River weed causing concern in Boston as local rowing club cancels annual event

The weed blanketing the River Witham is so thick – birds have been seen walking on top of it.

Ray Fisher captured this image of the surface weed at Antons Gowt, near Boston.
Ray Fisher captured this image of the surface weed at Antons Gowt, near Boston.

The green menace of river weed has returned to the surface River Witham in Boston again this year – with the thick vegetation causing problems to those using the waterway.

Weed boats have been deployed to clear some of it, but the Canal and River Trust (CRT) says it has become a ‘perennial problem’.

The blanket weed has now lead to sports and recreational activities to be cancelled – with some boaters saying the river is ‘impassable’.

A photo showing pigeons and seagulls walking on top of the river weed near Sluice Gate.

Boston Rowing Club has issued a statement to say they have had to cancel their annual ‘marathon’ event.

They said: “The decision is entirely due to the weed in the river.”

Describing the weed as ‘solid’, they went on: “This is entirely beyond our control and we are in long-term and ongoing dialogue with the CRT as the management of the river is not acceptable.”

A spokesperson for the club added via Facebook: “Such a shame that for the past two years the river has been allowed to get in such a state.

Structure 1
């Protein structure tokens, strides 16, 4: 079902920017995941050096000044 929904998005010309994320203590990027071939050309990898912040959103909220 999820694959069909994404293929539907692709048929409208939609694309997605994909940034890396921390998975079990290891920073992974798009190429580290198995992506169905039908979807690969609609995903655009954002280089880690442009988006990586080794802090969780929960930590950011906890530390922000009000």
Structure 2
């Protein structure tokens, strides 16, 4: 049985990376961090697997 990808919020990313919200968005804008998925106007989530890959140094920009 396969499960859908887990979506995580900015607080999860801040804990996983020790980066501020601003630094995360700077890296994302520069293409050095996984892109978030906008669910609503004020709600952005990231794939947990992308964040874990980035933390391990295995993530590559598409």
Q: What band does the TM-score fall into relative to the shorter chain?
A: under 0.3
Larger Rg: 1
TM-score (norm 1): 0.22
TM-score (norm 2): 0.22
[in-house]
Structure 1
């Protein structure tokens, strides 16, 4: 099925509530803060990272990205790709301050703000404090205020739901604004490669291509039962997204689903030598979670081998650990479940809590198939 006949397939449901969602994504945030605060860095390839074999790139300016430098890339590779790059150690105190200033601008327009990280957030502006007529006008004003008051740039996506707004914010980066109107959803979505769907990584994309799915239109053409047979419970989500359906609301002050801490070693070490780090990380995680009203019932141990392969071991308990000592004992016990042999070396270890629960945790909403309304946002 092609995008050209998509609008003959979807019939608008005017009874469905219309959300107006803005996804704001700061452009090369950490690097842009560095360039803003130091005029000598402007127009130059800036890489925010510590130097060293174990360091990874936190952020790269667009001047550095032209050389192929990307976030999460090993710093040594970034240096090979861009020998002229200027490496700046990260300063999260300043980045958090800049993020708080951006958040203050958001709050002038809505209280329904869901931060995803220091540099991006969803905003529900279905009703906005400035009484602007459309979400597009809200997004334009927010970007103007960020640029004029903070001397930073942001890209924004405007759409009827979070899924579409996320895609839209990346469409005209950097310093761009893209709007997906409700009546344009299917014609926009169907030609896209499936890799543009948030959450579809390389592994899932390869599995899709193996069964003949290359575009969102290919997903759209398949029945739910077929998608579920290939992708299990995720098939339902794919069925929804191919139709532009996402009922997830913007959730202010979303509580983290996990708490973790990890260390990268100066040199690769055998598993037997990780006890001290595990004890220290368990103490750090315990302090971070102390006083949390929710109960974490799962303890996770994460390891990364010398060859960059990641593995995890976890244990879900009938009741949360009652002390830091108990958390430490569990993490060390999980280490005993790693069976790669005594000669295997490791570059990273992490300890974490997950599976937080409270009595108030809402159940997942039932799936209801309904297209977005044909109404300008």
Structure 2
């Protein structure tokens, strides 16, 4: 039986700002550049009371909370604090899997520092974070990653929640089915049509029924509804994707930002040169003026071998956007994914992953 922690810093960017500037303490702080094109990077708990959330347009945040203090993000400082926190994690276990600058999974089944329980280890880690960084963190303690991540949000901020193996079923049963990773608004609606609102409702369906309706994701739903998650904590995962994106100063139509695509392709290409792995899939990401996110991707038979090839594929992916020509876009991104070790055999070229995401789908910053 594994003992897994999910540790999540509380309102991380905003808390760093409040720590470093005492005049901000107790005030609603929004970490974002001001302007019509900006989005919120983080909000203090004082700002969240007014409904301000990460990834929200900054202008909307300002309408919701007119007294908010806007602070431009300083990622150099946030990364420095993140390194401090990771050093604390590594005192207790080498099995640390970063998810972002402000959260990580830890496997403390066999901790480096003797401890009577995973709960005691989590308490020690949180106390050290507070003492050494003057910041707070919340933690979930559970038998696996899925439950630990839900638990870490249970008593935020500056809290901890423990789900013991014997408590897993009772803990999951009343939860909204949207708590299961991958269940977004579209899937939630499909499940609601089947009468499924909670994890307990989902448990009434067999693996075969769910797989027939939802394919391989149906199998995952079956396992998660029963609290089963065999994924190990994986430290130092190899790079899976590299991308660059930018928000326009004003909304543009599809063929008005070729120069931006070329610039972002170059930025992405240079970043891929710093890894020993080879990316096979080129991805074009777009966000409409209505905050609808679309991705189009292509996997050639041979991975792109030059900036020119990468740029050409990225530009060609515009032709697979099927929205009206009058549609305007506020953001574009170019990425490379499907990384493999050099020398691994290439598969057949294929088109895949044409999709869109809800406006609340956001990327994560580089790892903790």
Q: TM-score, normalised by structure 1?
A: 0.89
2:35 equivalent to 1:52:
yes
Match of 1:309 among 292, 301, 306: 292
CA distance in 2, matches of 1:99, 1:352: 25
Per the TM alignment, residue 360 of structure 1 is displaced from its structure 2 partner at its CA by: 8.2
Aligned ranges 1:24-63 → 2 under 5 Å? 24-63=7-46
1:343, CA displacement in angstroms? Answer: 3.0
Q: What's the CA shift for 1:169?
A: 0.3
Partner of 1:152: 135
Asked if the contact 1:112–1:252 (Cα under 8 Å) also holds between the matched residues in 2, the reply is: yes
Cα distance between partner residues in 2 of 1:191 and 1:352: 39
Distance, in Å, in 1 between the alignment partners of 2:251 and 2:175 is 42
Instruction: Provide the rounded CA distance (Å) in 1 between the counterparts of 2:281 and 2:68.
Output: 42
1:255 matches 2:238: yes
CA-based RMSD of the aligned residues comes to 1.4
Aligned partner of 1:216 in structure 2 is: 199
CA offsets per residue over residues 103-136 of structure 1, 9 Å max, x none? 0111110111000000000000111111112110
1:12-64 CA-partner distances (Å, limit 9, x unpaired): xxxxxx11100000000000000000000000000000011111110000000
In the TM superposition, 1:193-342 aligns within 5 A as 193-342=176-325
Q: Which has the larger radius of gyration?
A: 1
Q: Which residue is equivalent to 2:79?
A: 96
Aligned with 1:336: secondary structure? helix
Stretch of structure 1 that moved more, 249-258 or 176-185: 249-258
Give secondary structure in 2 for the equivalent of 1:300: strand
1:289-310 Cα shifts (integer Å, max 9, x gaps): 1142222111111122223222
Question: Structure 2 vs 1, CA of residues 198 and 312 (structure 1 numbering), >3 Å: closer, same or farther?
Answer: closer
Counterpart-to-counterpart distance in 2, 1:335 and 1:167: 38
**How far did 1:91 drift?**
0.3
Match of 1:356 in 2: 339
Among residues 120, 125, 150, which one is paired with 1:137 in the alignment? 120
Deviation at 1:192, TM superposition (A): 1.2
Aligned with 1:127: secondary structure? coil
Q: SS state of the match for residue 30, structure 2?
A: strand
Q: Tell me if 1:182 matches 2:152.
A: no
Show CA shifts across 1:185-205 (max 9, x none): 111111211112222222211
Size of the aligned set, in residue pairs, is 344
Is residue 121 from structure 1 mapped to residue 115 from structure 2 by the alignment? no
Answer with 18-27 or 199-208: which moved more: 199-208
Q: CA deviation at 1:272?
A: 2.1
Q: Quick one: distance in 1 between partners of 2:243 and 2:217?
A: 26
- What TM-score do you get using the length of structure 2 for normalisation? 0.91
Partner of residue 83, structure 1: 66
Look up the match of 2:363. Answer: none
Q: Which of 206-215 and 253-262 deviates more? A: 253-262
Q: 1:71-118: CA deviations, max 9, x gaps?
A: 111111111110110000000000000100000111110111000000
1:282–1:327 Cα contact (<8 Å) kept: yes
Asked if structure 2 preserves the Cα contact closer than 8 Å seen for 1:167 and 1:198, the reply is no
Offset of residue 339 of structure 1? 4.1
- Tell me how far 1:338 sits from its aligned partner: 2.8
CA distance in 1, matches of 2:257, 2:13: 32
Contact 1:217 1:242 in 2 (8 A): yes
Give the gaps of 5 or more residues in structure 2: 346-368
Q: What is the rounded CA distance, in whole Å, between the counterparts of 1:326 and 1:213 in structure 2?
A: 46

“Not just bad for leisure use and the businesses along the river but ecologically has a huge effect to fish.”

The green layer is said to be a combination of duckweed, which multiplies in hot weather, and an invasive plant species called azolla.

Some boaters who use the river say the weed ‘stinks’ – with one member of Boston Bluetits open water swimmers capturing a photo of pigeons and seagulls walking on top of it.

A spokesperson from the Canal & River Trust said: “We’re really sorry that boaters are being affected by the invasive growth of duckweed on the Witham and we share their frustrations.

"As the charity which looks after navigation on the river, it is a perennial battle at this time of year as low river flows, warm weather and nutrient rich water provide ideal growing conditions for fast-growing invasive and non-native invasive weed.

"Our team is out four days a week clearing tonnes of weed to help alleviate the situation and we are also working with the Environment Agency to help with the flow of water through Boston to ensure there isn’t a build-up of weed.

“The scale of the problem in recent years has been a real challenge and the reality is that we can’t resolve the situation ourselves. We are the navigation authority for the River Witham but a much wider partnership approach is needed across the river catchment to limit the amount of weed coming onto the river from feeder channels and to increase the amount of weed that is flushed out to sea. “We have some agreements in place which we believe will improve the situation next year and will be trying to encourage dialogue amongst all the partners that can help to tackle the issue.”

A spokesperson for the Environment Agency (EA) said: “We are providing advice in terms of flood risk and water level management with our partners the CRT regarding the River Witham at Boston. “River flows in Lincolnshire are currently low as the county is in a period of drought. Low river flows can contribute to algal blooms.”